“But, in our experience, people are using the tickets,” she says.

Free admission isn't the only way to encourage new audiences and encourage a more diverse mix of attendees, many point out.

Each summer since 2005, Pittsburgh Shakespeare in the Parks has performed a comedy or tragedy outdoors in several city parks.

“Part of our mission is to bring classical theater to places or people that may be underserved,” says artistic director Jennifer Tober. She believes people attend because the show is in a park, not necessarily because it's free.

Contact with audience members leads her to believe most of the 200 to 250 who typically attend a performance could afford to buy a ticket.

Pittsburgh Playhouse picked up new patrons when it initiated a pay-what-you-will policy for the first Saturday matinee of performances by The Rep and the Conservatory Theatre Company. Consumers can set their ticket price between $1 and the face value of the ticket.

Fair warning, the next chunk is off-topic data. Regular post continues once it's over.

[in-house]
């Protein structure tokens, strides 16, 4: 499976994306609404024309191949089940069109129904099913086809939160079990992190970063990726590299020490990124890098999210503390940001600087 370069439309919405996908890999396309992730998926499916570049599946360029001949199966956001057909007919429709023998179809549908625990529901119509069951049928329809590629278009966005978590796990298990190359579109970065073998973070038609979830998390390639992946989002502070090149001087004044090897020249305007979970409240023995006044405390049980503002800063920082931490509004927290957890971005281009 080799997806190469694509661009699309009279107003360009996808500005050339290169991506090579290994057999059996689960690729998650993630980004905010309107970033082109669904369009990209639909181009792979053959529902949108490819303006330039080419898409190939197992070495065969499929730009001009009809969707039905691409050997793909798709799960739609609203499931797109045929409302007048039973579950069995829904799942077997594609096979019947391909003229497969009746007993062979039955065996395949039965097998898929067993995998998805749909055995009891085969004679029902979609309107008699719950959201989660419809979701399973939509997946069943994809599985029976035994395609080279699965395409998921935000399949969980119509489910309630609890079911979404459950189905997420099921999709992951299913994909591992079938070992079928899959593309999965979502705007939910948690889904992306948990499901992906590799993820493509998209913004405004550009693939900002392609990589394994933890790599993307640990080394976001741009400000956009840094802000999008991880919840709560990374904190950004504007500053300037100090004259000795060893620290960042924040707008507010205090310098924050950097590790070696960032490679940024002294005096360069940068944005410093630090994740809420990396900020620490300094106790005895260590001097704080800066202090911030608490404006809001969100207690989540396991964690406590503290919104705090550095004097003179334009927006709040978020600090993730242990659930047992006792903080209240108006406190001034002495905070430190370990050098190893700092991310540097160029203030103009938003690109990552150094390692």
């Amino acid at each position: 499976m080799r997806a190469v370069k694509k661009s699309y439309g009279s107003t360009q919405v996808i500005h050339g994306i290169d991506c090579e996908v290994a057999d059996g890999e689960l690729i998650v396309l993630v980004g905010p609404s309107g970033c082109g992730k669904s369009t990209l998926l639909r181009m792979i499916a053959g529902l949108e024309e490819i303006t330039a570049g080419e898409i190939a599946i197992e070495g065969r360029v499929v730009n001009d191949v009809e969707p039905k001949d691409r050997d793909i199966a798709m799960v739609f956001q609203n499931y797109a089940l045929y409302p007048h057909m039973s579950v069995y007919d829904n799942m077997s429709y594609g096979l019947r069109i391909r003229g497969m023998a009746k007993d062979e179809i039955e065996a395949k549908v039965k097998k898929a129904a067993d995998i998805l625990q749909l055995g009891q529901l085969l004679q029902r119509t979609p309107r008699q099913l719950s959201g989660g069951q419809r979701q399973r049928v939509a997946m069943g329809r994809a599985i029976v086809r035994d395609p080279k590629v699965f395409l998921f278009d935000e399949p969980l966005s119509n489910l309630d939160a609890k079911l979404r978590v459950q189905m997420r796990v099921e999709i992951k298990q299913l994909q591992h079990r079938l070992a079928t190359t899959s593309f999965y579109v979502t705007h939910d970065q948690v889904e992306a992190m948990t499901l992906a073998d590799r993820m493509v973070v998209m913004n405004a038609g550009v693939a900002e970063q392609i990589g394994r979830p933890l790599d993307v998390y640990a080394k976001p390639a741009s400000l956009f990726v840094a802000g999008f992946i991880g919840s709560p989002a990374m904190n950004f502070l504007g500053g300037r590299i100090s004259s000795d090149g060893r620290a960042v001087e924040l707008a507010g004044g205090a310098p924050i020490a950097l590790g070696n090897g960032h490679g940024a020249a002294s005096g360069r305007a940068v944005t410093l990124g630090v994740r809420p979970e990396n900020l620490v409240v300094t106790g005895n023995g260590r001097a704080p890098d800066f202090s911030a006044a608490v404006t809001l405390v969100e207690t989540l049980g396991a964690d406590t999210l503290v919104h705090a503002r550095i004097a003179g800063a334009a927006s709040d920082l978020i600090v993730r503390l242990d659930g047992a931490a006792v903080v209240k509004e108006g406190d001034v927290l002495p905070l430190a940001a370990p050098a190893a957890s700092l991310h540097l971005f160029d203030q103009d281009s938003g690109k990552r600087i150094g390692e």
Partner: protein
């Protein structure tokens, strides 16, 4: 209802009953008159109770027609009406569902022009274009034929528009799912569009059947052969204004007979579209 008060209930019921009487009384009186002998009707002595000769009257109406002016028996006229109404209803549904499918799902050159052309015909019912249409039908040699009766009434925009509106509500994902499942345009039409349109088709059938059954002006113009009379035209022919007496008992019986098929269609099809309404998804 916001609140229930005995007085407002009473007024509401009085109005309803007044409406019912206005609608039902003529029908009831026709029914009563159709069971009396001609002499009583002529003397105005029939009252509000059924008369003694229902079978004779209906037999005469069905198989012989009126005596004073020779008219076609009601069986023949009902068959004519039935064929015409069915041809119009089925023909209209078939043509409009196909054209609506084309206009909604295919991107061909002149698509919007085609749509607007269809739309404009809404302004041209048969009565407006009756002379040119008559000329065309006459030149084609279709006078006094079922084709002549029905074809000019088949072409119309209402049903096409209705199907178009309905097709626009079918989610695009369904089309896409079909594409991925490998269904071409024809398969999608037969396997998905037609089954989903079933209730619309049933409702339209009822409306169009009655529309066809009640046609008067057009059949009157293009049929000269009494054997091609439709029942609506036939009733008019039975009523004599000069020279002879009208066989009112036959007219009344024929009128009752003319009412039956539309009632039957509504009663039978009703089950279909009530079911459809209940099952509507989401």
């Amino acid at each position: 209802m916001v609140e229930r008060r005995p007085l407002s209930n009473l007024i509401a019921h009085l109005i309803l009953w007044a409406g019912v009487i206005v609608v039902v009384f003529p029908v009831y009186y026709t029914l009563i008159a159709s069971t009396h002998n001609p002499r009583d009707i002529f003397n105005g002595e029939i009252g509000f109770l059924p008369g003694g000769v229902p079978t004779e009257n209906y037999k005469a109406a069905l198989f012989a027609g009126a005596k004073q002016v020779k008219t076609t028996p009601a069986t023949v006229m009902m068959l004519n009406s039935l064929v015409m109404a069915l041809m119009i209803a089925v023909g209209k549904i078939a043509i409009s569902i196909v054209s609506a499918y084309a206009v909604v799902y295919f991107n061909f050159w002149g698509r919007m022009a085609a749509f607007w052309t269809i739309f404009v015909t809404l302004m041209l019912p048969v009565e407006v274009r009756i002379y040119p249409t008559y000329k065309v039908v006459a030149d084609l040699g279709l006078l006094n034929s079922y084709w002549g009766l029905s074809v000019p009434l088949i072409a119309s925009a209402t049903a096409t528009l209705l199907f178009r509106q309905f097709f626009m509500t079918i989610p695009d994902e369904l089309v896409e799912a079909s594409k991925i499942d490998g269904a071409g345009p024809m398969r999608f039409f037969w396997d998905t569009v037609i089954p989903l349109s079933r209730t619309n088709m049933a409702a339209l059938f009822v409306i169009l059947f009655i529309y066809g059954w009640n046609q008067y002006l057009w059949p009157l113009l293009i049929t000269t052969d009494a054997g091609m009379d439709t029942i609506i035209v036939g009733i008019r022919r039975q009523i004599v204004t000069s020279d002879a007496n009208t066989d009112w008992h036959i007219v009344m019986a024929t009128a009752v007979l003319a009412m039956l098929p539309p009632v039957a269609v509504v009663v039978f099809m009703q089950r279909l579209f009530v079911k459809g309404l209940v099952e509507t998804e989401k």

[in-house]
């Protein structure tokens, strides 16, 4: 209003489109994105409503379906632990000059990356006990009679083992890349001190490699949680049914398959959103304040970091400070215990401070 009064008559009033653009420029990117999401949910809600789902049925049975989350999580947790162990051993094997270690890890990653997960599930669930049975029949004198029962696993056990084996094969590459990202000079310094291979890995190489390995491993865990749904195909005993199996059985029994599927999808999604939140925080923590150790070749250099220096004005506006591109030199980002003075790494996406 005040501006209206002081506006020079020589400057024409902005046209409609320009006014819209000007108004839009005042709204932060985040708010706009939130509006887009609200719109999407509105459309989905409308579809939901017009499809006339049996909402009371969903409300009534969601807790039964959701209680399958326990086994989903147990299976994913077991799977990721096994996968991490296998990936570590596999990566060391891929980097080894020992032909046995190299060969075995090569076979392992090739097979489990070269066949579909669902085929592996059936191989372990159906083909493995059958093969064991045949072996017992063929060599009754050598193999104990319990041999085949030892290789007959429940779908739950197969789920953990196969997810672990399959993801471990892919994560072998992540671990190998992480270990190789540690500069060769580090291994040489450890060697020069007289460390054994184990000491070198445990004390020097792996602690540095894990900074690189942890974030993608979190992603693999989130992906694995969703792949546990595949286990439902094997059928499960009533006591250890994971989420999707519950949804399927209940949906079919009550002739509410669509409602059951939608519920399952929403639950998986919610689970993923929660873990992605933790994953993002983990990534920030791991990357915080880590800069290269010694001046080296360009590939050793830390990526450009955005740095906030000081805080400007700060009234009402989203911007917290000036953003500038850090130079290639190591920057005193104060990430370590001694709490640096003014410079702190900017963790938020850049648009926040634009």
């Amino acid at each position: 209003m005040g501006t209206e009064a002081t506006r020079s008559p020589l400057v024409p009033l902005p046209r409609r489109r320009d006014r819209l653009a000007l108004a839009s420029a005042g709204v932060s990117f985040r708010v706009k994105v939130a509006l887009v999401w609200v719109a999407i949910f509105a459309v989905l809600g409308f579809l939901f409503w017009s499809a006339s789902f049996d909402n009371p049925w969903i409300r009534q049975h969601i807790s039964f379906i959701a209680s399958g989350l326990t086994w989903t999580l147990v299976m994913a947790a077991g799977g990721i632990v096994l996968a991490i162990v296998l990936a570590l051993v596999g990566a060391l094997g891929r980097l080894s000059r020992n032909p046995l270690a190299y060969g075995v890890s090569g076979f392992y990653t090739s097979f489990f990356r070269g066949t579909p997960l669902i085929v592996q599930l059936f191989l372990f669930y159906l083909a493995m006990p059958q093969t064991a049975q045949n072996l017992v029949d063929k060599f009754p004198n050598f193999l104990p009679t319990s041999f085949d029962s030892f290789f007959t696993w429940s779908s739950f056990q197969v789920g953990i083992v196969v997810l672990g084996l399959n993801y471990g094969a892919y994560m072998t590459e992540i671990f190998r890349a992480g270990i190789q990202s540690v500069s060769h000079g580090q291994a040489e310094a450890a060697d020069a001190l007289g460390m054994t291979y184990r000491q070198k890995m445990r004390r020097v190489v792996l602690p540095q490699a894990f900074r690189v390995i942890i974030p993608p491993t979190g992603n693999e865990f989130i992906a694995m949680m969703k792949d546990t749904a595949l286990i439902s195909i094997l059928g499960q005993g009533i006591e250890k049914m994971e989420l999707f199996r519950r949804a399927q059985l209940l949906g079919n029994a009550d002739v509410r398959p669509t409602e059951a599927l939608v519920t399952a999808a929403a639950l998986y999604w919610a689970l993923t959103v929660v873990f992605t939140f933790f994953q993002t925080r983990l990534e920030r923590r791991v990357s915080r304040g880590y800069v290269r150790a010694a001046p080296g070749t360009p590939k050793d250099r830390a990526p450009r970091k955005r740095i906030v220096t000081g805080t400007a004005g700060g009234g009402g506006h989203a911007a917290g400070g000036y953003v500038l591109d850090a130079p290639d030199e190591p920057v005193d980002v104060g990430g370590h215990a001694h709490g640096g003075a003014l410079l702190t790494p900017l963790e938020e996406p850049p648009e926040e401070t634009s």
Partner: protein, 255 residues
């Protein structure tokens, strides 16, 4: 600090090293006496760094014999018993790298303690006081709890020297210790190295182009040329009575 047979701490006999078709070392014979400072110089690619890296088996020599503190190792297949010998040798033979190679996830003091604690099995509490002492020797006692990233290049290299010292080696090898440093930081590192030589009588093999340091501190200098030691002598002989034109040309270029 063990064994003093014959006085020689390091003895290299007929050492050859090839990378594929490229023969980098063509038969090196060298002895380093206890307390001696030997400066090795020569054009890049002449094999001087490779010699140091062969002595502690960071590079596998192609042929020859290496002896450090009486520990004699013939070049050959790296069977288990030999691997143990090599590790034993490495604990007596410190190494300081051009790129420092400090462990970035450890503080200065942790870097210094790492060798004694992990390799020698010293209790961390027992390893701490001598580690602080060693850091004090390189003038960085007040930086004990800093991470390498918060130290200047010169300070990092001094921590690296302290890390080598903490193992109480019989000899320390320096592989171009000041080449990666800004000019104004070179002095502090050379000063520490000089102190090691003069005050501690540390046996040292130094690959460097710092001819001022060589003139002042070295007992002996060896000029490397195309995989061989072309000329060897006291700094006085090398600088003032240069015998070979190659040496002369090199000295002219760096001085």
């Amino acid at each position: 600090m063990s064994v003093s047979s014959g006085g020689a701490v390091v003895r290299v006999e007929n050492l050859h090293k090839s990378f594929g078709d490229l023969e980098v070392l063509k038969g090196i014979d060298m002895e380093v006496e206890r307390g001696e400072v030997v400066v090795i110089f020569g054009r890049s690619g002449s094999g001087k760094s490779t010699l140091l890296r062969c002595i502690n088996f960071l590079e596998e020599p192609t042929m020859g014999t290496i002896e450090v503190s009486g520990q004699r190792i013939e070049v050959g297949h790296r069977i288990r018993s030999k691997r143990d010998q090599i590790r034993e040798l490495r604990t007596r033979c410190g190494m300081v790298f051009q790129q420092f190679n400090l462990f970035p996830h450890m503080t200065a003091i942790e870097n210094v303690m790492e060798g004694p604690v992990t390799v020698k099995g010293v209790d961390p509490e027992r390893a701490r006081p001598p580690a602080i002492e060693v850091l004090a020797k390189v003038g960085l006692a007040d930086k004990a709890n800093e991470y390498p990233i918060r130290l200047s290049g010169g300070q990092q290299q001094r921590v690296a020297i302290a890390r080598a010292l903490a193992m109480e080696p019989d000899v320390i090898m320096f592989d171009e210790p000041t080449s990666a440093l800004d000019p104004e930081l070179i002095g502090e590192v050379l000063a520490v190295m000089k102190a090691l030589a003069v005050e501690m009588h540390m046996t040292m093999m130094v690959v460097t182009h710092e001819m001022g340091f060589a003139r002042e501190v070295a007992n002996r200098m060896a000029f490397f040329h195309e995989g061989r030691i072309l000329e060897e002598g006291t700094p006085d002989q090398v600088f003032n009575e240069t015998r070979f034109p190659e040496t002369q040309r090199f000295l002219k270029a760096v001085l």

The Oakland-based performing-arts center also is experimenting with discounts for undersold performances and with deep-discount offers on marketing websites such as Groupon and Living Social.

“It allowed us to increase our audience. A lot of senior citizens take advantage of it,” says Chris Hays, director of marketing for the Point Park University Conservatory of Performing Arts that administers the Pittsburgh Playhouse.

Old-fashioned marketing methods also work, Boos says.

“We definitely get repeat business at reduced prices — the student and artist discount is valued but whether that turns into regular patrons, I don't really know,” Boos says. “Would Quantum be better off to lower prices and (have to) turn away people (from full houses) and see if they would (return) if tickets were more reasonable? That's an experiment worth trying.”

Southers has had good success attracting first-time theatergoers to the August Wilson Center with free performances of Wilson's “Gem of the Ocean.”

But he's not sure that it's the only approach to take: “I don't think free is the answer. But there should be some component that allows people to come for free,” Southers says. “If 10 percent come back, that's worth it. … It's one of the ways of reaching out on a level that everybody can understand.”

Alice T. Carter is the theater critic for Trib Total Media. She can be reached at 412-320-7808 or acarter@tribweb.com.